Google Inc. plans to tweak Gmail to make it easier for its users to post and share status updates, in an attempt to inject the Web mail service with social networking capabilities popularized by Twitter and Facebook, according to The Wall Street Journal.
The announcement could come as early as this week, the Journal reported on Monday, quoting anonymous sources familiar with the plans.
Google didn’t immediately respond to a request for comment about the Journal’s article.
Google would be the latest consumer Internet company to try to graft social-networking features onto its online communications services. Yahoo and AOL have already taken steps to “socialize” their respective Web mail and instant-messaging services.
How successful Google and the others will be in replicating the allure of the social networking sites’ experience in their Internet communications services is still unclear.
Facebook, with about 400 million members worldwide and counting, has become the preferred site for people to engage in personal social-networking interactions with very granular privacy controls.
Meanwhile, Twitter is the de facto online service for people and organizations to post brief, public status updates on the Web.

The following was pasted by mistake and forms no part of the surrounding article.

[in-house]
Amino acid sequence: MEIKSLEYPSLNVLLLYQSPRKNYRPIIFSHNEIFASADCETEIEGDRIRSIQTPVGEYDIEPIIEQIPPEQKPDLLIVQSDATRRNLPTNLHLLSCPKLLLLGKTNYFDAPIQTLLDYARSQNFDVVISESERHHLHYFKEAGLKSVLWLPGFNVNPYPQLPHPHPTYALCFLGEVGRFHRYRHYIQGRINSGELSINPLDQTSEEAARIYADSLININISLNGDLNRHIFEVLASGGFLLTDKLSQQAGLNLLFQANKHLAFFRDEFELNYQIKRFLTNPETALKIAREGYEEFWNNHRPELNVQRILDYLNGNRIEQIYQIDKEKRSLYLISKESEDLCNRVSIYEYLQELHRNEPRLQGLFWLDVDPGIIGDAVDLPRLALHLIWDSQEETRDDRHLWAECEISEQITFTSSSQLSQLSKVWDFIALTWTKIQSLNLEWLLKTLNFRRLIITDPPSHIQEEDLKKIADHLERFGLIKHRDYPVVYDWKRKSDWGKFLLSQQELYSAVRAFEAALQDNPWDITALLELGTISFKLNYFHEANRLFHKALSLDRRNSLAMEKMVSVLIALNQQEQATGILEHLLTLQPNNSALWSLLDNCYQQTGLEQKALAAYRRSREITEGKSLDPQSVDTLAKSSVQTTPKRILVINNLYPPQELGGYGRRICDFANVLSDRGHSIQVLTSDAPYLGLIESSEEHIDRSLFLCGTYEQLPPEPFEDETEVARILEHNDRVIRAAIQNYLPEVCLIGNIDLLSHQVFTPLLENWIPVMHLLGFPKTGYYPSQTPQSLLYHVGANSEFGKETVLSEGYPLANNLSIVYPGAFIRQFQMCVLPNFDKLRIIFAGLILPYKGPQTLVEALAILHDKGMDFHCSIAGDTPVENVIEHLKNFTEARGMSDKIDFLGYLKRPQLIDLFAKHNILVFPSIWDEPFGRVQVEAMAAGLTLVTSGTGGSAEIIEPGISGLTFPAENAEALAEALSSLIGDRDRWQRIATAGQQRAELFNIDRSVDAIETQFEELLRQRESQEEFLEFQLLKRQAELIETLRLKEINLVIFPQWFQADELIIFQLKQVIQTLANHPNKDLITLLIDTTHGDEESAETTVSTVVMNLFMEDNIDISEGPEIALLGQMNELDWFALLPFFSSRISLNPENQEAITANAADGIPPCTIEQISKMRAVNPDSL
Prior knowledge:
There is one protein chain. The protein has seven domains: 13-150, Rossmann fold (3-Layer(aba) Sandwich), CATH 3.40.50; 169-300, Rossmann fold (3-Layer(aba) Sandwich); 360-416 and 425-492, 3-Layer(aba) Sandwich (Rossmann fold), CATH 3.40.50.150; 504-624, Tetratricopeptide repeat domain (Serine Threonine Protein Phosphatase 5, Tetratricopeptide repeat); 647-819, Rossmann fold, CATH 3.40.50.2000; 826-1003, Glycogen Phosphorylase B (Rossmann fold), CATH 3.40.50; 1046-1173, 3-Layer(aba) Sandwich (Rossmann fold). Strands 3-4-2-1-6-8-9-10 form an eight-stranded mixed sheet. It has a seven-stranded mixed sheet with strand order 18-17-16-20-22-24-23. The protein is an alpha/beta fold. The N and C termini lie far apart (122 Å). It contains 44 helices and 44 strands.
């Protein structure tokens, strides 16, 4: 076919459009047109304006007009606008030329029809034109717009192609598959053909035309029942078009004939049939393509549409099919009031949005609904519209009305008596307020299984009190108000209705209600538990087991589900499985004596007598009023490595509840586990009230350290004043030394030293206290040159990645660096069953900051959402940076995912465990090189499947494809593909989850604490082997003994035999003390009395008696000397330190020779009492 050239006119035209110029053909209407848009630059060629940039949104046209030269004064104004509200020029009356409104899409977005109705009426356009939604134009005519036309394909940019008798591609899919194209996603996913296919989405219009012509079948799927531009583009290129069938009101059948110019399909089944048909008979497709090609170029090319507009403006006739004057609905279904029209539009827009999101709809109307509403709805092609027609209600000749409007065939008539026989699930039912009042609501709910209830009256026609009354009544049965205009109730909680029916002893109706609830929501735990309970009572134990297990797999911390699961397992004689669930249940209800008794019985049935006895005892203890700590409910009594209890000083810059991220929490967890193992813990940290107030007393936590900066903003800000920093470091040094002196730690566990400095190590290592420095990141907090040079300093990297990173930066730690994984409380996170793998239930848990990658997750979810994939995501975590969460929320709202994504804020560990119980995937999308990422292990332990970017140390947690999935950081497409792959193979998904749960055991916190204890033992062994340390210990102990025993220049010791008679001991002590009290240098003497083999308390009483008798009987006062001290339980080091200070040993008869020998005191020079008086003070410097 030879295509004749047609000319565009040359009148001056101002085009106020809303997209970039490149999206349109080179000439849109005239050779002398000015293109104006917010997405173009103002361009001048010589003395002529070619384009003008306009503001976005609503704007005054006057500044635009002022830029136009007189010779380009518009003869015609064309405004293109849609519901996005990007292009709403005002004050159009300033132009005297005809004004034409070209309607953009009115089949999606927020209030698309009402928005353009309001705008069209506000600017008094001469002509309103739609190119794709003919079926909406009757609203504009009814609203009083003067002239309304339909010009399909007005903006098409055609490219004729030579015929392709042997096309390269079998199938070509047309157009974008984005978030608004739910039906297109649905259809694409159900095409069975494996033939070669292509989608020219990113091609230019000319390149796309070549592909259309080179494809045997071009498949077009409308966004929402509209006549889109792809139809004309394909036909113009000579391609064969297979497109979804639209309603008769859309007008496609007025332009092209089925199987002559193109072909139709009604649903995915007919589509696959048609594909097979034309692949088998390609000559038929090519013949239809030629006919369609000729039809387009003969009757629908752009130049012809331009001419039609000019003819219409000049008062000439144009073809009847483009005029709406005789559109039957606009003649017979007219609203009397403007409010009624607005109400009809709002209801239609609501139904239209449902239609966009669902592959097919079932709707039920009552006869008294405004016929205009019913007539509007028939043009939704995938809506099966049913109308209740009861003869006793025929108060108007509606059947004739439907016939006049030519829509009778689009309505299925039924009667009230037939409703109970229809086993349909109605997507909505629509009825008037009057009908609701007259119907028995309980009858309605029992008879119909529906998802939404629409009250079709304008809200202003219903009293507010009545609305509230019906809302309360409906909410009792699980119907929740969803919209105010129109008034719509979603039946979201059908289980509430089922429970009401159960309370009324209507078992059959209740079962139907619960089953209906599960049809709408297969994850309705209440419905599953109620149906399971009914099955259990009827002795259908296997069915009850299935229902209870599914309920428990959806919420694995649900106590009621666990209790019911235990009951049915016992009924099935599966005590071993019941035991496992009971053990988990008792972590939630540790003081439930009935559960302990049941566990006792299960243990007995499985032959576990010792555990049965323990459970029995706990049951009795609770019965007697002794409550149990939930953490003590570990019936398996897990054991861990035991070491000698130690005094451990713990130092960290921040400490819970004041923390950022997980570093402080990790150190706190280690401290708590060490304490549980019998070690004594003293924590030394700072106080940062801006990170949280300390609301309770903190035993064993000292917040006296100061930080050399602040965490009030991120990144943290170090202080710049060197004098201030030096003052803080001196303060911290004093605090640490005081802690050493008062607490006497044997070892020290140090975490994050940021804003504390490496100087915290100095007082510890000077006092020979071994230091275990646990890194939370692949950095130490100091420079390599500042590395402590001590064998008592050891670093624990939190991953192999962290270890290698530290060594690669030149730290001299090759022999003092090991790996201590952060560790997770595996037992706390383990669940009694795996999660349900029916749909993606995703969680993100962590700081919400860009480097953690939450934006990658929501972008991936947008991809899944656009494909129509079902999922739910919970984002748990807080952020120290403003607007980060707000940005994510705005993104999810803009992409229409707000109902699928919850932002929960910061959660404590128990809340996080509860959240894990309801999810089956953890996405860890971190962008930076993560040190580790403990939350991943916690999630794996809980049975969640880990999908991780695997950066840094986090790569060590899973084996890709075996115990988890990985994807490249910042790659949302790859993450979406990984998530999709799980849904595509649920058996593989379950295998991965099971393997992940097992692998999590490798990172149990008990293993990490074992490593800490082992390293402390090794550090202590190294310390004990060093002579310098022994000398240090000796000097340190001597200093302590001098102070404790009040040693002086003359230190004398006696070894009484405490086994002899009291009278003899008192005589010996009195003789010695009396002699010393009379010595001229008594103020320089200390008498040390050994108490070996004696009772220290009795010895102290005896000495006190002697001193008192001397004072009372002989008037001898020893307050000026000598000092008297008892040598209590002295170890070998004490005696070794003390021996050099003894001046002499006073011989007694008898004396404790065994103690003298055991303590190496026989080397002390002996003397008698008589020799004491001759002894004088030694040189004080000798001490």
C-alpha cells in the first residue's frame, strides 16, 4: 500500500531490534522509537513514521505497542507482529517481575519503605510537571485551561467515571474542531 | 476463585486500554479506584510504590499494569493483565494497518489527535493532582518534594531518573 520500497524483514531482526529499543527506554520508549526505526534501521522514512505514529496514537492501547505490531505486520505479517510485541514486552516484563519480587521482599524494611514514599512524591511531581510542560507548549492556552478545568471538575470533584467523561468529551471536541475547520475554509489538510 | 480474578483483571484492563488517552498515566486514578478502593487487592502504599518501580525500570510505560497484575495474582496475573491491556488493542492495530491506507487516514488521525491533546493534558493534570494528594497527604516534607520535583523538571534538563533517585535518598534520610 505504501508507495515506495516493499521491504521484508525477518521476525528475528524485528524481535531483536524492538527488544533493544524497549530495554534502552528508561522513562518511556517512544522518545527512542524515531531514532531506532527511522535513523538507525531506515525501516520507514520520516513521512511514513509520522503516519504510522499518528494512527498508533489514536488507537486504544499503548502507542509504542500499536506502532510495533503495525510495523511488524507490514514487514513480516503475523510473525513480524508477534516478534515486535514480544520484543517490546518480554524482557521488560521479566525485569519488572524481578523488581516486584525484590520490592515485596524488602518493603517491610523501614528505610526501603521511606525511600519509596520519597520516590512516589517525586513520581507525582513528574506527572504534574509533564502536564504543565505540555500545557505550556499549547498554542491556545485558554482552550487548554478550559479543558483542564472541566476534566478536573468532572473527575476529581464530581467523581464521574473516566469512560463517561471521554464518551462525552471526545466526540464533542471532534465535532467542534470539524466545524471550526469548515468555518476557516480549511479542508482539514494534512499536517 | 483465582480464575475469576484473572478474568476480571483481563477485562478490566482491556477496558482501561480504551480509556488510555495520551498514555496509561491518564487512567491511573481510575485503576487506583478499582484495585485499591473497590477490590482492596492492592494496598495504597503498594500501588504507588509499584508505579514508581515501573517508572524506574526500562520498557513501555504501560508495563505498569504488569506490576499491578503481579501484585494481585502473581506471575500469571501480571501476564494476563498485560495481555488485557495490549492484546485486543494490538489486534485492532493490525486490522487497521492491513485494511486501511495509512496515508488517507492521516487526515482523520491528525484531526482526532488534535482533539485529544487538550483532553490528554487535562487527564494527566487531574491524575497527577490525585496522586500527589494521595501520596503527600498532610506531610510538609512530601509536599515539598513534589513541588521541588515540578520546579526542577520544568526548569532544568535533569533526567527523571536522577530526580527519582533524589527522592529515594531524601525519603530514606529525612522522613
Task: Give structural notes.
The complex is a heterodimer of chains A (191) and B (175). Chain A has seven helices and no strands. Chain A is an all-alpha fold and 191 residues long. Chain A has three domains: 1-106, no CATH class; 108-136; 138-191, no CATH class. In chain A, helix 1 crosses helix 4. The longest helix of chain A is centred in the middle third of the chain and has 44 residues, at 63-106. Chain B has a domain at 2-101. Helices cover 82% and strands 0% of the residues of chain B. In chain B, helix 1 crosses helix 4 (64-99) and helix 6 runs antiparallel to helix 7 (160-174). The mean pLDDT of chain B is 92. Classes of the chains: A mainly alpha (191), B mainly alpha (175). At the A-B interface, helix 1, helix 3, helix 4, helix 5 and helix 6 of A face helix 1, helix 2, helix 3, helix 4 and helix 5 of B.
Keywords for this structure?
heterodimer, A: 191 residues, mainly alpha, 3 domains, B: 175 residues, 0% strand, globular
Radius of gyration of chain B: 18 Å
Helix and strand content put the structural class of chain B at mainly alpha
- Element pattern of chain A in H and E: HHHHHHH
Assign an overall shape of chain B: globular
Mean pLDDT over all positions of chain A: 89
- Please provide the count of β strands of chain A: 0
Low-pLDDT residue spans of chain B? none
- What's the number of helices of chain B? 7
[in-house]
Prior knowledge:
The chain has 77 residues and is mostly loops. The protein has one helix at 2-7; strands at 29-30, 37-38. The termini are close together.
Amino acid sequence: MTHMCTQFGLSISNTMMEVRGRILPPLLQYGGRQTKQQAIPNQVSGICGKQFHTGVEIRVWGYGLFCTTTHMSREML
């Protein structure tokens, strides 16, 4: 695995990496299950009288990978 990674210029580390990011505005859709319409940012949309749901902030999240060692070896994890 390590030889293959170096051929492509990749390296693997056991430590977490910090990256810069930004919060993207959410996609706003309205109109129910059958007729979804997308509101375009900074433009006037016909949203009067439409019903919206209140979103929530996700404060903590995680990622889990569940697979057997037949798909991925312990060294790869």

While Gmail, its GTalk IM companion, and the Web mail and IM services from Yahoo and AOL have tens of millions of users worldwide, people associate them with their specific communications uses.
Google has a social-networking site, Orkut, that is popular in certain parts of the world, like Brazil, but is far from matching Facebook’s appeal.
Facebook is increasingly seen as a serious Google competitor, as Facebook has broadened its scope of services and offerings into Google areas. For example, people increasingly search the Web from within Facebook using Microsoft’s Bing engine. Meanwhile, many news publishers are also delivering their content within Facebook, rivaling the Google News article aggregation site. Facebook also provides internal messaging and IM capabilities, as well as photo and video sharing features.